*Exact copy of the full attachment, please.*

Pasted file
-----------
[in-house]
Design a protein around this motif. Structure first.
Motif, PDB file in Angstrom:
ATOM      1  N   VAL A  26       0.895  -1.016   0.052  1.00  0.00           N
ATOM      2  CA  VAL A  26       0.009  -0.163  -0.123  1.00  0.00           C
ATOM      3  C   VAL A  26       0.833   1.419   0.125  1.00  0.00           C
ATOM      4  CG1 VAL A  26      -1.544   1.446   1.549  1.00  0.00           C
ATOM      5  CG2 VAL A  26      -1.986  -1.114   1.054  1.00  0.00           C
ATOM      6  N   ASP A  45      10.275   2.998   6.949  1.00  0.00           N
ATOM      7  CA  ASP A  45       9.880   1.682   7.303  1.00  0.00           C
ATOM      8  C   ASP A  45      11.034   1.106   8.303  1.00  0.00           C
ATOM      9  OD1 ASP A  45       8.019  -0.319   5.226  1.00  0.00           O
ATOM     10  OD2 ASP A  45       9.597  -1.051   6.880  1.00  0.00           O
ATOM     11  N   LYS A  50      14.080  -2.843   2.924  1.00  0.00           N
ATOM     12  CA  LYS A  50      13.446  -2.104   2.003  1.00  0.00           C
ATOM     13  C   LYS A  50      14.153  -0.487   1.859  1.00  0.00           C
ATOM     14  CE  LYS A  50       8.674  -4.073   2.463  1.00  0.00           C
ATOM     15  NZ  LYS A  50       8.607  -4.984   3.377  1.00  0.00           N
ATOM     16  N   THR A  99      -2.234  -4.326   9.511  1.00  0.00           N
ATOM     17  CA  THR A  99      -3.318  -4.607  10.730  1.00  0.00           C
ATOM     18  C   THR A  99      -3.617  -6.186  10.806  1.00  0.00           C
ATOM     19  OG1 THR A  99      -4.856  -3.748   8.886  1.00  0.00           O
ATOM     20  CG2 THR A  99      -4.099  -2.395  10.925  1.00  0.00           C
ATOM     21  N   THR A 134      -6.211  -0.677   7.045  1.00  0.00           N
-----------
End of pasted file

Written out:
[in-house]
Design a protein around this motif. Structure first.
Motif, PDB file in Angstrom:
ATOM      1  N   VAL A  26       0.895  -1.016   0.052  1.00  0.00           N
ATOM      2  CA  VAL A  26       0.009  -0.163  -0.123  1.00  0.00           C
ATOM      3  C   VAL A  26       0.833   1.419   0.125  1.00  0.00           C
ATOM      4  CG1 VAL A  26      -1.544   1.446   1.549  1.00  0.00           C
ATOM      5  CG2 VAL A  26      -1.986  -1.114   1.054  1.00  0.00           C
ATOM      6  N   ASP A  45      10.275   2.998   6.949  1.00  0.00           N
ATOM      7  CA  ASP A  45       9.880   1.682   7.303  1.00  0.00           C
ATOM      8  C   ASP A  45      11.034   1.106   8.303  1.00  0.00           C
ATOM      9  OD1 ASP A  45       8.019  -0.319   5.226  1.00  0.00           O
ATOM     10  OD2 ASP A  45       9.597  -1.051   6.880  1.00  0.00           O
ATOM     11  N   LYS A  50      14.080  -2.843   2.924  1.00  0.00           N
ATOM     12  CA  LYS A  50      13.446  -2.104   2.003  1.00  0.00           C
ATOM     13  C   LYS A  50      14.153  -0.487   1.859  1.00  0.00           C
ATOM     14  CE  LYS A  50       8.674  -4.073   2.463  1.00  0.00           C
ATOM     15  NZ  LYS A  50       8.607  -4.984   3.377  1.00  0.00           N
ATOM     16  N   THR A  99      -2.234  -4.326   9.511  1.00  0.00           N
ATOM     17  CA  THR A  99      -3.318  -4.607  10.730  1.00  0.00           C
ATOM     18  C   THR A  99      -3.617  -6.186  10.806  1.00  0.00           C
ATOM     19  OG1 THR A  99      -4.856  -3.748   8.886  1.00  0.00           O
ATOM     20  CG2 THR A  99      -4.099  -2.395  10.925  1.00  0.00           C
ATOM     21  N   THR A 134      -6.211  -0.677   7.045  1.00  0.00           N